Someday, when our other two trees are bearing, and I'm up to my ears in pears, I'll try dehydrating pears, making pear butter, and canning a few quarts.

  6. Zucchini is probably my favourite vegetable in the whole world and one I want to grow when I have a bigger garden. I'm guessing they're quite easy to grow, since people always end up with huge amounts of them :)

    Have you ever made chocolate zucchini cake? It has a texture like carrot cake but is even more delicious.

    1. Hi Economies,
      I've made a chocolate zucchini-almond bread, which was really more like cake. Quite good. I've been just making zucchini spice bread and muffins so far. Maybe I'll try the chocolate version soon.

      If you have sun and warmth, zucchini will grow well, and abundantly. You might also enjoy yellow crook neck squash. It's a summer squash, but has a "meatier" texture. And it's easy to grow, as well.

  7. Zucchini can also be used like cucumbers in the making of pickles and relish. If you have bigger ones just cut and scoop out the seedy part before continuing with he recipe.

    1. Hi Sandy,
      I have a great recipe for zucchini bred and butter pickles. It comes from a close friend, who happens to be my source for great recipes!
      I posted it last year. Here it is:

      I make dill and sweet relish with those tiny green tomatoes, that are the size of marbles, and most likely won't ripen. But I know that zucchini relish is also quite popular. Cucumbers are difficult to grow in my garden, so I've had to rely on the zucchini and green tomatoes for pickles/relish.

  8. I have also frozen alot of shredded zucchini and used it to add moisture and nutrition throughout the year to meatloafs, meatballs, baked goods, etc.

    1. I do that too! I like grated zucchini mixed in with ground turkey, as the turkey tends to be quite dry. When I thaw the frozen grated zucchini, I pour off the liquid, as use a "milk" in muffins, biscuits and pancakes. It has barely any flavor, and is a good stand-in for rice or soy milk in my dairy-free baking.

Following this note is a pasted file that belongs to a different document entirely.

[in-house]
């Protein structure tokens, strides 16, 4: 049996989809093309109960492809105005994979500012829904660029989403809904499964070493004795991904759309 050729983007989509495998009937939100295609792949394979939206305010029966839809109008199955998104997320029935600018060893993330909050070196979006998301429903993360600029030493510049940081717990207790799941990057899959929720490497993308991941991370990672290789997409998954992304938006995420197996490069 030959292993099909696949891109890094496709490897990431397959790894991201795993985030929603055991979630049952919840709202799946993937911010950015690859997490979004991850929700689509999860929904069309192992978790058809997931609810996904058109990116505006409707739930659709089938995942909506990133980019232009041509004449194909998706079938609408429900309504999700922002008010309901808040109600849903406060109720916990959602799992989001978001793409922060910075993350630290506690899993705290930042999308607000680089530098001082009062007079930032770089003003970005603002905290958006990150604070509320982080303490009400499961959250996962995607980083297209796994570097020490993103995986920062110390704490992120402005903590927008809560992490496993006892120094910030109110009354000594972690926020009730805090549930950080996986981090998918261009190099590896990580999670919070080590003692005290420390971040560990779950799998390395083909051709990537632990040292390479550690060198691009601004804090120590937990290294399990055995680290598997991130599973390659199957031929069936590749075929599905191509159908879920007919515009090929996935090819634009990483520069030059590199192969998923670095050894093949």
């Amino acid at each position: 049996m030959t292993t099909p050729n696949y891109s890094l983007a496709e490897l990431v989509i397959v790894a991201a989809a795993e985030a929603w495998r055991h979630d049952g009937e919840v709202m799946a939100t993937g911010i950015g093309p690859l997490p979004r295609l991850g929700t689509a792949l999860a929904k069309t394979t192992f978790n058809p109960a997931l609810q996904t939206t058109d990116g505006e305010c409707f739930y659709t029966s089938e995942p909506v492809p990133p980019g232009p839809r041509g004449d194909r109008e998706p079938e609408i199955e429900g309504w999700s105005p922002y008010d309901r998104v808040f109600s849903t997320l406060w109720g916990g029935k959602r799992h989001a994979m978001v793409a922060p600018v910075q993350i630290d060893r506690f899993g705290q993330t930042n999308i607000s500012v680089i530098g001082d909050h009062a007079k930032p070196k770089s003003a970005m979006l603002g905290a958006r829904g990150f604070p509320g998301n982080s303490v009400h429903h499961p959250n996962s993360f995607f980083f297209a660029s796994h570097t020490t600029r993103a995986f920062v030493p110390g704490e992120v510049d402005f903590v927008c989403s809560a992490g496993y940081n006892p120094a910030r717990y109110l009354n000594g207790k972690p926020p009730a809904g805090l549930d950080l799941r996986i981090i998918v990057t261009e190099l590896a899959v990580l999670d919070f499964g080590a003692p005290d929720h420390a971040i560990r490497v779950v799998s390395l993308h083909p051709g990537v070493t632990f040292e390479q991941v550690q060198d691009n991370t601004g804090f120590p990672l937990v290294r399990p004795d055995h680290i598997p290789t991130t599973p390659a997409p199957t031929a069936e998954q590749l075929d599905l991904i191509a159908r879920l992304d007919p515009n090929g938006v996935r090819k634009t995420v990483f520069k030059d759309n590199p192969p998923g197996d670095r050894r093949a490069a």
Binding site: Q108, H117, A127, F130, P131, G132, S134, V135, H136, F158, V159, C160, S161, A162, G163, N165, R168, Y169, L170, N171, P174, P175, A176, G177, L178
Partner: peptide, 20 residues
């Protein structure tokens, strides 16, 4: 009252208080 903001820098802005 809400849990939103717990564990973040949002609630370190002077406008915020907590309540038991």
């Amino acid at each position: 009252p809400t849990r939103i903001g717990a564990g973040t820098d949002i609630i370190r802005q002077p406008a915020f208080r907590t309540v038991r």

So far, we are keeping up with the zucchini, thanks in part to a hungry friend of my son's, who practically drooled all over himself, eyeing our zucchini patch. But next week or the following, I imagine I'll start in on freezing some of the larger, as well as making pickles from the smaller zucchini.

  9. We're harvesting tomatoes, eggplants, green beans, zucchini, squash (or at least I think they're called that, they're big, sweet tasting zucchini, really ;)), corn, melons and watermelons, and peppers (green and red). We were blessed with abundance this year and I'm freezing things like a crazy woman.

    1. Hi Efi,
      That all sounds wonderful! You will have a freezer full of summer goodness to last all winter long, no doubt!


Thank you for joining the discussion today. Here at creative savv, we strive to maintain a respectful community centered around frugal living. Creative savv would like to continue to be a welcoming and safe place for discussion, and as such reserves the right to remove comments that are inappropriate for the conversation.


Be a voice that helps someone else on their frugal living journey

Are you interested in writing for creative savv?
What's your frugal story?

Do you have a favorite frugal recipe, special insight, DIY project, or tips that could make frugal living more do-able for someone else?

Creative savv is seeking new voices.


share this post